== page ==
8. The WTO/IMF/World Bank should be re-engineered to service development aid in a progressive manner and to provide global macro-economic liquidity.

Currency sovereigns need only worry about the level of public debt held in FX and irrational/speculative currency movements. i.e. this is the only monetary limit on international trade. In the UK, this FX debt is trivial and there are regulatory responses to “hot money” flows.

Denial of trade finance, an issue between sovereigns is rare and should be ameliorated by a new world trade regime.


According to my researches, and sourced from the Bank of England, the UK Govt. Foreign Debt holdings is about $22 bn. Source BoE pqqlaau.

ONS reports total foreign debt at £6.6 trillion.

The UK GDP is £2,320 bn, the public sector debt in foreign currency is under 1% of the GDP.

The UK Balance of Trade has been running a deficit for decades and the UK imports 48% of its food.

How much of the UK Gilt market is foreign owned? This site at the Debt Management Office would seem to apply. Is it really 28%? What is the unit of measurement? The UK public debt is according to Wikipedia, as of Q1 (the first quarter of) 2018, UK debt amounted to £1.78 trillion, or 86.58% of total GDP, at which time the annual cost of servicing (paying the interest) the public debt amounted to around £48 billion (which is roughly 4% of GDP or 8% of UK government tax income)

There is a financial services instrument called an FX Swap. This consists of reciprocal loans of stocks of currency. i.e. there is a promise to return the monies. In an FX trade, there is no promise to return the monies. I was exploring this as part of trying to understand how trade financing works.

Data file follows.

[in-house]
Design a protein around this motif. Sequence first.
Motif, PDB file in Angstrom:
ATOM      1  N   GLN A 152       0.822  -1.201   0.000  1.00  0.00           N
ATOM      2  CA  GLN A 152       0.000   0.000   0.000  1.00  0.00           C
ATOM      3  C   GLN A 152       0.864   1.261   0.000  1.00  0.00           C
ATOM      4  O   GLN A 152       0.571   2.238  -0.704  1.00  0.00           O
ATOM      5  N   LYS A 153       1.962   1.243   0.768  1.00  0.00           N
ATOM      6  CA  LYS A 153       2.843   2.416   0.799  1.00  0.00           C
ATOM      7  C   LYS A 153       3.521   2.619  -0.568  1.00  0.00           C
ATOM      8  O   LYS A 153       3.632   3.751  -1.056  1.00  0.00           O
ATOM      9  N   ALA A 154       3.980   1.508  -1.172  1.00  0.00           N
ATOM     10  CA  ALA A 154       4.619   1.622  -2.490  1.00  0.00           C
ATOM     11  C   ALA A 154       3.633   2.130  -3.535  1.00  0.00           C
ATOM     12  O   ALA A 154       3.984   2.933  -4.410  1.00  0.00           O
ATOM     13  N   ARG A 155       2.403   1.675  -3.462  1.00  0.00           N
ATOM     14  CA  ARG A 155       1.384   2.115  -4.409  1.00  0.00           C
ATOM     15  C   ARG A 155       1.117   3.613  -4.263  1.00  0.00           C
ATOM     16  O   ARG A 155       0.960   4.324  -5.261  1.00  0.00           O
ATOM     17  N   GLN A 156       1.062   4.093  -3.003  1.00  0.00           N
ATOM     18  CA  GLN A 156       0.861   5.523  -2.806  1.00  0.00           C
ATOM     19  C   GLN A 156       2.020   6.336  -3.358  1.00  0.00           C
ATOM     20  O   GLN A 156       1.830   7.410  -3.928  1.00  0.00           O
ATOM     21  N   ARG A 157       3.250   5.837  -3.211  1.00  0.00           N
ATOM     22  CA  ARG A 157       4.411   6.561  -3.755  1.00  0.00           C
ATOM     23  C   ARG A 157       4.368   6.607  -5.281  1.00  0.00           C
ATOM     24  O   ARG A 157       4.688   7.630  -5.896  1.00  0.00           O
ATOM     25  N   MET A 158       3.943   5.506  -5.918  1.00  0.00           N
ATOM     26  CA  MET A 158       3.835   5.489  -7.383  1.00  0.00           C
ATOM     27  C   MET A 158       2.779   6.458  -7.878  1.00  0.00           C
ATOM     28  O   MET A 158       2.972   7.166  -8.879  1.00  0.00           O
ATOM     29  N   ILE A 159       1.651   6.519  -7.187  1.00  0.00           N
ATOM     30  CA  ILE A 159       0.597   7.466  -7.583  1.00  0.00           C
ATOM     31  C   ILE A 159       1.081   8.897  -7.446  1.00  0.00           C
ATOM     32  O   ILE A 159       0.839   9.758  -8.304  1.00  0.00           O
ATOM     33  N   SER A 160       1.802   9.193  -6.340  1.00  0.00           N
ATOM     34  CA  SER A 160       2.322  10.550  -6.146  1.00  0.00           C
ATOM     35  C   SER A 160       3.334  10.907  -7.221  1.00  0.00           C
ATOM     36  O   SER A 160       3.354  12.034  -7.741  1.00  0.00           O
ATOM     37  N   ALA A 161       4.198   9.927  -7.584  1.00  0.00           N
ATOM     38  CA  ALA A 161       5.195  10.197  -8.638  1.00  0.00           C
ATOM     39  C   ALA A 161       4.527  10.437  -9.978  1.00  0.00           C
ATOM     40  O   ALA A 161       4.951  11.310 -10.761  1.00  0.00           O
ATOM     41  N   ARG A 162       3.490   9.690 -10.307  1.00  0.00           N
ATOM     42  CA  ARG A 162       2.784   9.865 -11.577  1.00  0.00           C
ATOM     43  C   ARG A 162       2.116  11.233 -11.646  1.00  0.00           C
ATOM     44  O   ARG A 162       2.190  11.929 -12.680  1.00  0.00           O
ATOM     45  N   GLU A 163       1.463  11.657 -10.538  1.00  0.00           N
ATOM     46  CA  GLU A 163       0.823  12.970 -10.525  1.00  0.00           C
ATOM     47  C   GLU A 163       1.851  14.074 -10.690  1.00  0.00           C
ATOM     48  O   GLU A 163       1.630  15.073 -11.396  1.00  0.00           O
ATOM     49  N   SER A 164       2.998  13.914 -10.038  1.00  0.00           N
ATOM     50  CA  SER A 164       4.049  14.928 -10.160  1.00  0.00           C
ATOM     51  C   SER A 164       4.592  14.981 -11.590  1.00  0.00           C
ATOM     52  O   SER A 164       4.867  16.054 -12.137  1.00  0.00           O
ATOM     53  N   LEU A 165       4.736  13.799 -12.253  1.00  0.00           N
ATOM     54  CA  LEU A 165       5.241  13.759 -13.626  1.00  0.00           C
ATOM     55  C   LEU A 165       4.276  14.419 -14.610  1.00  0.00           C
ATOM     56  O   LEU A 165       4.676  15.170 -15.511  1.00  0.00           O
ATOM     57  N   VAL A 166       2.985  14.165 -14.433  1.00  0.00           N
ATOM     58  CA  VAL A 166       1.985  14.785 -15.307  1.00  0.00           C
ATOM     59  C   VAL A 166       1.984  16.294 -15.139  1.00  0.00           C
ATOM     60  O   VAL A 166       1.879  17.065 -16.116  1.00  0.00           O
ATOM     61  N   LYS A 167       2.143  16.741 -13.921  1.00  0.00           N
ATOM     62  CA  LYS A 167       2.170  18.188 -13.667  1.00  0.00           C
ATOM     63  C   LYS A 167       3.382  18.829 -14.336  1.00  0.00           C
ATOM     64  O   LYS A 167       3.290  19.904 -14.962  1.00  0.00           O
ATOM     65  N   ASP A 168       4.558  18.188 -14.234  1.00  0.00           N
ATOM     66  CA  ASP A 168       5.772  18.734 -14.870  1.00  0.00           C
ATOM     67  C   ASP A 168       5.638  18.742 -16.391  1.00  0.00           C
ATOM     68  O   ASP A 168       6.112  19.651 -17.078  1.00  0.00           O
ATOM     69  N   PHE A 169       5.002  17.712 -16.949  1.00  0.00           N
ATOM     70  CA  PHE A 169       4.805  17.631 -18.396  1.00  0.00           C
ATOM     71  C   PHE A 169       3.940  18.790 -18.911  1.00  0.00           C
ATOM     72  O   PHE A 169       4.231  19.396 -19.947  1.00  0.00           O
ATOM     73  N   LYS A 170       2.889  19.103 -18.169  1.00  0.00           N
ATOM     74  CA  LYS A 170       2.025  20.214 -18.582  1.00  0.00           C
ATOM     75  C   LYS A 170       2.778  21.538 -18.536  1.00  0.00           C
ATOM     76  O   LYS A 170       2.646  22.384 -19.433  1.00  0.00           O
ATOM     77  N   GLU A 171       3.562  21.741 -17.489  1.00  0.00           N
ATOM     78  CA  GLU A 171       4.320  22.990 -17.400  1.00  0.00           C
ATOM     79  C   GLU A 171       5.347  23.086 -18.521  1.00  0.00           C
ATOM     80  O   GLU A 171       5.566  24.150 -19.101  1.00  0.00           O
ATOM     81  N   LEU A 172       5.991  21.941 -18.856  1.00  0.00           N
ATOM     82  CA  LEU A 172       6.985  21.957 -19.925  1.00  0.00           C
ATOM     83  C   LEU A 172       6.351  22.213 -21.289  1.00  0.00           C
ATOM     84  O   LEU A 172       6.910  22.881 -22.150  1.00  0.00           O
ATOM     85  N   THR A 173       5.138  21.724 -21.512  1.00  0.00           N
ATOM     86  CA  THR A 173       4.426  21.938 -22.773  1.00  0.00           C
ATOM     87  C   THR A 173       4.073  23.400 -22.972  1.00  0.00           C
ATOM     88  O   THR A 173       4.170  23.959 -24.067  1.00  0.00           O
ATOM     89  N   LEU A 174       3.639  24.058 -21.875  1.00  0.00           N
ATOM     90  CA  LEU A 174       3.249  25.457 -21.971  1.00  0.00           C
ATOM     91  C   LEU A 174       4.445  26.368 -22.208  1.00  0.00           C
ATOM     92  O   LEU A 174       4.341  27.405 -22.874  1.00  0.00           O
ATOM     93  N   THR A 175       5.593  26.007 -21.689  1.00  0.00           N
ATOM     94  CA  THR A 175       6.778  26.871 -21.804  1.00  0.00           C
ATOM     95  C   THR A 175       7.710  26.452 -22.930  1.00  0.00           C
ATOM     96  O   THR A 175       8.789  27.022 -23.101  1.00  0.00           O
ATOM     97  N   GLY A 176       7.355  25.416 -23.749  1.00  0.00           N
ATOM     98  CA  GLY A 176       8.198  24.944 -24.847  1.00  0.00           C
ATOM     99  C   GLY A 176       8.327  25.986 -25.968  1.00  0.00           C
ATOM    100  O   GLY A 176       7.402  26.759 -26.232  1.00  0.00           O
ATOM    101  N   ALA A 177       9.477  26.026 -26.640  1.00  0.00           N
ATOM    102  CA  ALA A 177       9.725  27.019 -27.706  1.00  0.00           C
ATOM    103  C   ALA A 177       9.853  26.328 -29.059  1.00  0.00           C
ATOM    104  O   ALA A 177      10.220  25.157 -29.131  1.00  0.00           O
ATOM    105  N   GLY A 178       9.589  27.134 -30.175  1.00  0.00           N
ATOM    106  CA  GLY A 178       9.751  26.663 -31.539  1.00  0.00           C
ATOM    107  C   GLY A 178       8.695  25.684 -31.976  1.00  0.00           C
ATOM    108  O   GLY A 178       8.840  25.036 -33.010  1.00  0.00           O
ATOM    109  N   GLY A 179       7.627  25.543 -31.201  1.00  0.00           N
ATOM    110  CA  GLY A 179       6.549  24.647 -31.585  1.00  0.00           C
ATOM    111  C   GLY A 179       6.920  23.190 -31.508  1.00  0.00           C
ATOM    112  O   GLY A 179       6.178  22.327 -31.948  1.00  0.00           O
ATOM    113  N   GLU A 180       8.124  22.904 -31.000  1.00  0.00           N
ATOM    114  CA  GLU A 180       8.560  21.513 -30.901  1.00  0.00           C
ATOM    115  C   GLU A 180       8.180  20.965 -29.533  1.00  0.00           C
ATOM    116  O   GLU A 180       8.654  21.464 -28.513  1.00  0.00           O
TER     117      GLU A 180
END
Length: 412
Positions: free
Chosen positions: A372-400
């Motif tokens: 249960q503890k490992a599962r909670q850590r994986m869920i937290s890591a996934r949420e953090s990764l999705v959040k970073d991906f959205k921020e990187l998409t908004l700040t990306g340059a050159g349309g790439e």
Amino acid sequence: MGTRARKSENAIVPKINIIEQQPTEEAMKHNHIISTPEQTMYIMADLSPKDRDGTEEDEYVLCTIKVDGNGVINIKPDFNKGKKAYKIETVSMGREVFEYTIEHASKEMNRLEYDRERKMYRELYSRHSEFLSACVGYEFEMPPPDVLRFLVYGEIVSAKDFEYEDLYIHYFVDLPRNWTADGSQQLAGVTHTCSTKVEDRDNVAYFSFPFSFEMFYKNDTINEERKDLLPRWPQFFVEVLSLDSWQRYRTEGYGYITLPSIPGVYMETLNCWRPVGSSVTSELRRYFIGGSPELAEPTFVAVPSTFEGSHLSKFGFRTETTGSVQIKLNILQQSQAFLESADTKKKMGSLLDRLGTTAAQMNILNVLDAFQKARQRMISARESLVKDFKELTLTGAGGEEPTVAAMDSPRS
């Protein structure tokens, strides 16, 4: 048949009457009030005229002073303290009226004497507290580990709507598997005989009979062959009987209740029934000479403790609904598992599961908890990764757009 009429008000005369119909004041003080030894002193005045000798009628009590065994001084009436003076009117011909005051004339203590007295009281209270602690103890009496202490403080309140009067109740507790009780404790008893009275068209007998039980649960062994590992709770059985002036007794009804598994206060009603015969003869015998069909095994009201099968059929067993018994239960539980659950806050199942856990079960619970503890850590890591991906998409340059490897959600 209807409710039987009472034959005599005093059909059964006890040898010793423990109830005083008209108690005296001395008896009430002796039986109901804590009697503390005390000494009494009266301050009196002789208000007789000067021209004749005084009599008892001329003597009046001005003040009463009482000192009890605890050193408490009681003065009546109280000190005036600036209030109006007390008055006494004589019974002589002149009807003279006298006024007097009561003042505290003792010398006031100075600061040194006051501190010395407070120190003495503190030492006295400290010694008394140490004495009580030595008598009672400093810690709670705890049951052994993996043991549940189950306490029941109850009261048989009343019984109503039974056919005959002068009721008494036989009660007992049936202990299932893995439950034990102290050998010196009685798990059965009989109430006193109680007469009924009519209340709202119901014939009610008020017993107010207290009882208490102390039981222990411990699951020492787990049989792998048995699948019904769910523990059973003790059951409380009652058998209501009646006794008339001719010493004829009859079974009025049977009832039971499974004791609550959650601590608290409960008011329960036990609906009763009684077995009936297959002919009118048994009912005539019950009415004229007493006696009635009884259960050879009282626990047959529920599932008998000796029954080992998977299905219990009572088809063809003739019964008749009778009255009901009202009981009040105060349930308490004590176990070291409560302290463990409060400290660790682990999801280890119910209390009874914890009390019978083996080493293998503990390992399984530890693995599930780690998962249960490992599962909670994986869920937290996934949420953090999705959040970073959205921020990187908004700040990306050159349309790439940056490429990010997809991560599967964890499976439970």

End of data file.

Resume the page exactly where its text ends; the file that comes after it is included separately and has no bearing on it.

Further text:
Dave Economics , ,

5 Replies

  1. Just been to a presentation by James Meadway, who further explained his, “Not all Currencies are equal” slogan but also reinforced to me the seeming innocence of Trade Finance 4. Private Sector FX debt is to be solved by corporate defaults; this would include the UK banking groups whose exposure to dollar & renminbi is a liability that can’t be solved by printing money and whose defaults would be disastrous.

    It raises the question as to how one unwinds the current FX debt vulnerability.

  2. What do you plan on paying the foreign parties with? They have to receive currency that is useful in their own country, i.e. a hard currency. Imagine if you were a Chinese exporter, would you take payment in non convertible currency?

    In order for MMT to work the United States would have to become an autarky. We would have to mine all of the raw materials, we would have to convert them into manufactured goods in our own factories and we would somehow have to continue exporting intellectual property and high technology.

    If you have no hard currency and you still want imports you have to pay in gold, oil, natural gas, diamonds ect…

    1. My article is meant to be an explanation of the theory, and not a positive polemic.

      The ‘not all currencies are equal’ insight means that the US in particular can import in exchange for dollars i.e. its own currency and thus your predictions about the need for barter trading are excessively pessimistic.

      Otherwise MMT argues that exporters lend importers the currency to pay the import costs; this of course is intermediated by a market. We should recognise that the import transactions are often intra-company transfers.

      The MMT insight that every country will be in surplus or deficit needs to be taken account of in determining policy. i.e. that neither condition is good or bad.